Academic journal article Economic Review - Federal Reserve Bank of Kansas City

The Affordability of Homeownership to Middle-Income Americans

Academic journal article Economic Review - Federal Reserve Bank of Kansas City

The Affordability of Homeownership to Middle-Income Americans

Article excerpt

(ProQuest: ... denotes formulae omitted.)

From 1971 through mtd-2007, the nominal national sales price of housing grew almost eightfold. Controlling for inflation, this represented a near doubling in the relative price of housing. The retrenchment in prices that began in 2007 has so far remained small compared to the earlier increase.

As house prices climbed, many people complained that housing had become unaffordable to middle-income Americans. As early as 1 998, newspapers warned that homeownership was becoming a heavy financial burden. As sales price rises accelerated in 2003 and crested in 2006, homeownership was increasingly portrayed as the "unattainable" American dream (Strickand; Fogarty; Simon; Fessenden; Scott and Archibold).

Notwithstanding such concerns, homeownership actually rose strongly beginning in the mid-1990s and in 2004 attained its highest level ever. The more recent surge in foreclosures suggests many households indeed purchased homes they could not afford. Still, this does not necessarily imply that housing in general has become unaffordable to middle-income households. Instead, it may be that many defaults resulted from specific households purchasing specific houses whose location, size, and other attributes made their sales price too high relative to the purchasers' financial resources.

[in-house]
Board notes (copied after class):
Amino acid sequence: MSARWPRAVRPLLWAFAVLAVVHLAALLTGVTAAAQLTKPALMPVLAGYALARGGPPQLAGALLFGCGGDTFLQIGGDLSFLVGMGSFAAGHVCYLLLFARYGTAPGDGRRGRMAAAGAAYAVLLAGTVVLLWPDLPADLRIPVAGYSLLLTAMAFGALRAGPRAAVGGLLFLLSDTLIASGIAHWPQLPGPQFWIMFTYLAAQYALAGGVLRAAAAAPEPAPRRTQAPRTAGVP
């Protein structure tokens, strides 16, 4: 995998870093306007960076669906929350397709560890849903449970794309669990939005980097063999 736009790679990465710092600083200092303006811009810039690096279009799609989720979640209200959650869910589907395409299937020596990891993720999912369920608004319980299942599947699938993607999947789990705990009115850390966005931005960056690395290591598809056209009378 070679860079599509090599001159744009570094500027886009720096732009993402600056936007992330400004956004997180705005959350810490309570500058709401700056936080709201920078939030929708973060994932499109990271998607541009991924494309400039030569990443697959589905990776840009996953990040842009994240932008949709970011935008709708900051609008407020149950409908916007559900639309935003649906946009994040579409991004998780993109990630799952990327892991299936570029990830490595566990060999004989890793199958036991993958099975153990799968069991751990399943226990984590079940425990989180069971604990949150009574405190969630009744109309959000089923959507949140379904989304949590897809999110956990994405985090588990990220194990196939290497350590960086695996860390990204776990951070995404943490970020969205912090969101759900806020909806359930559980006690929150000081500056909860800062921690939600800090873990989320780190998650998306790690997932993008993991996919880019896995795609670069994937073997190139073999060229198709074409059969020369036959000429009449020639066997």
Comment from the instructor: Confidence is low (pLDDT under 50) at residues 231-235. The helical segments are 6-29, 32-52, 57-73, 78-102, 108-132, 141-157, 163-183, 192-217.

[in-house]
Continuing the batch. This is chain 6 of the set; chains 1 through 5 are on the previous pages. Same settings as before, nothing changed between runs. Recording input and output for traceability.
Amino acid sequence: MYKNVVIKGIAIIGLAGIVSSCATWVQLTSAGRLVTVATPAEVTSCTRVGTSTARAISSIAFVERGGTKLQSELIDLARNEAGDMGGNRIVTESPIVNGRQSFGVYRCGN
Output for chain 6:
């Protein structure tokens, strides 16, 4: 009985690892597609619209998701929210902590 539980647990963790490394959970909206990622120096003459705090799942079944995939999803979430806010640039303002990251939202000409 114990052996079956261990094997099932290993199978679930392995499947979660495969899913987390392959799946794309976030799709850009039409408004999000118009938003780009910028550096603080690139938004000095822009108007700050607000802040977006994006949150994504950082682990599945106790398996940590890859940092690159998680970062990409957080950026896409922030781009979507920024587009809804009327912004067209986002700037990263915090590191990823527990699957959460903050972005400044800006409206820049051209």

This article seeks to answer the question of whether homeownership has indeed become less affordable to middle-income Americans. Assessing afTordability is difficult because the "affordability" of housing is a vague concept, both from theoretical and measurement points of view. Theoretically, it is not clear how to compare the financial obligations of ownership with household financial resources. More practically, it is unclear how to measure "middle income" resources and the financial obligations associated with owning a representative house.

In terms of theory, a common affordability comparison of obligations and income is to divide the former by the latter. The resulting ratio gives the housing expenditure share of income. Intuitively, ratio affordability captures what share of the "pie" housing obligations constitute. A problem with the expenditure share concept of afTordability is that it cannot determine whether changes in income and homeownership obligations make people better or worse off.

An alternative afTordability comparison subtracts obligations from income. The resulting residual income concept of homeownership affordability is preferable because ir correctly reflects changes in household welfare as income and homeownership obligations change. Intuitively, residual income afTordability captures how much of a "pie" that changes size is left over after meeting the financial obligations of homeownership.

In terms of results, the estimated housing share of expenditures increased significantly between 1971 and 2007, implying a decrease in afTordability by the ratio concept. However, the absolute dollar increase in representative homeownership obligations was smaller than the absolute dollar increase in representative household income. Hence the residual income concept of afTordability improved. Why, then, have there been so many concerns on the afTordability of homeownership? One possible explanation is that the growth of residual income from 1971 to 2007 was considerably slower than residual income growth during the 1950s and 1960s. Another possible explanation is that the increase in residual income from 1971 to 2007 depended in part on a sharp increase in women's labor force participation. Had women continued to participate at their 1971 rate, residual income would likely have decreased.

The first section of this article describes some important considerations in measuring affordability, such as what it means to be "middle income" and what constitutes a "representative house." The second section examines the historical behavior of the two main components of affordability: household income and the required payments associated with homeownetship. …

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